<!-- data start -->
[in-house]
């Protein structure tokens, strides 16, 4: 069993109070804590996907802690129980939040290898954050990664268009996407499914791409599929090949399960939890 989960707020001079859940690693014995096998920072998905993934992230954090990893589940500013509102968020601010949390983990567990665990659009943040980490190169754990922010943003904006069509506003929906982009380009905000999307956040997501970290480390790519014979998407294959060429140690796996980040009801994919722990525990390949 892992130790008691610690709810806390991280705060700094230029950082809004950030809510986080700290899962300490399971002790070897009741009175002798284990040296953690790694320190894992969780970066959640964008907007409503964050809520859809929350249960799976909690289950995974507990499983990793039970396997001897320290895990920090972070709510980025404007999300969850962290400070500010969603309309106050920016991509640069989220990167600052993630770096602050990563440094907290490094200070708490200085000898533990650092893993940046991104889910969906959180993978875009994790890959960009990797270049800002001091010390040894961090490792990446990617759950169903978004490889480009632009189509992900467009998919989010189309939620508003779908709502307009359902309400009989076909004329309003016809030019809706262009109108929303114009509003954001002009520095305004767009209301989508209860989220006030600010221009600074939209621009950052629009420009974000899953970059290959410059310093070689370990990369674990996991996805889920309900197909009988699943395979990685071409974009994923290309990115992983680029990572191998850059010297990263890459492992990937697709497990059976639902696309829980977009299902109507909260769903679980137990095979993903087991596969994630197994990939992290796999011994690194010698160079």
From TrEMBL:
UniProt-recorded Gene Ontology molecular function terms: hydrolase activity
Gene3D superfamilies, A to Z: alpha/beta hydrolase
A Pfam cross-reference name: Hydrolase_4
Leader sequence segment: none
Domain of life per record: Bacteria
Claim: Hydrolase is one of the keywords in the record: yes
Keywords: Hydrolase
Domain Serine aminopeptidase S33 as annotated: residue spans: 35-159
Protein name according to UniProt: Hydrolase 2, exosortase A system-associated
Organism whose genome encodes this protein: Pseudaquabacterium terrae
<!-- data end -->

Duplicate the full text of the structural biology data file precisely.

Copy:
[in-house]
């Protein structure tokens, strides 16, 4: 069993109070804590996907802690129980939040290898954050990664268009996407499914791409599929090949399960939890 989960707020001079859940690693014995096998920072998905993934992230954090990893589940500013509102968020601010949390983990567990665990659009943040980490190169754990922010943003904006069509506003929906982009380009905000999307956040997501970290480390790519014979998407294959060429140690796996980040009801994919722990525990390949 892992130790008691610690709810806390991280705060700094230029950082809004950030809510986080700290899962300490399971002790070897009741009175002798284990040296953690790694320190894992969780970066959640964008907007409503964050809520859809929350249960799976909690289950995974507990499983990793039970396997001897320290895990920090972070709510980025404007999300969850962290400070500010969603309309106050920016991509640069989220990167600052993630770096602050990563440094907290490094200070708490200085000898533990650092893993940046991104889910969906959180993978875009994790890959960009990797270049800002001091010390040894961090490792990446990617759950169903978004490889480009632009189509992900467009998919989010189309939620508003779908709502307009359902309400009989076909004329309003016809030019809706262009109108929303114009509003954001002009520095305004767009209301989508209860989220006030600010221009600074939209621009950052629009420009974000899953970059290959410059310093070689370990990369674990996991996805889920309900197909009988699943395979990685071409974009994923290309990115992983680029990572191998850059010297990263890459492992990937697709497990059976639902696309829980977009299902109507909260769903679980137990095979993903087991596969994630197994990939992290796999011994690194010698160079």
From TrEMBL:
UniProt-recorded Gene Ontology molecular function terms: hydrolase activity
Gene3D superfamilies, A to Z: alpha/beta hydrolase
A Pfam cross-reference name: Hydrolase_4
Leader sequence segment: none
Domain of life per record: Bacteria
Claim: Hydrolase is one of the keywords in the record: yes
Keywords: Hydrolase
Domain Serine aminopeptidase S33 as annotated: residue spans: 35-159
Protein name according to UniProt: Hydrolase 2, exosortase A system-associated
Organism whose genome encodes this protein: Pseudaquabacterium terrae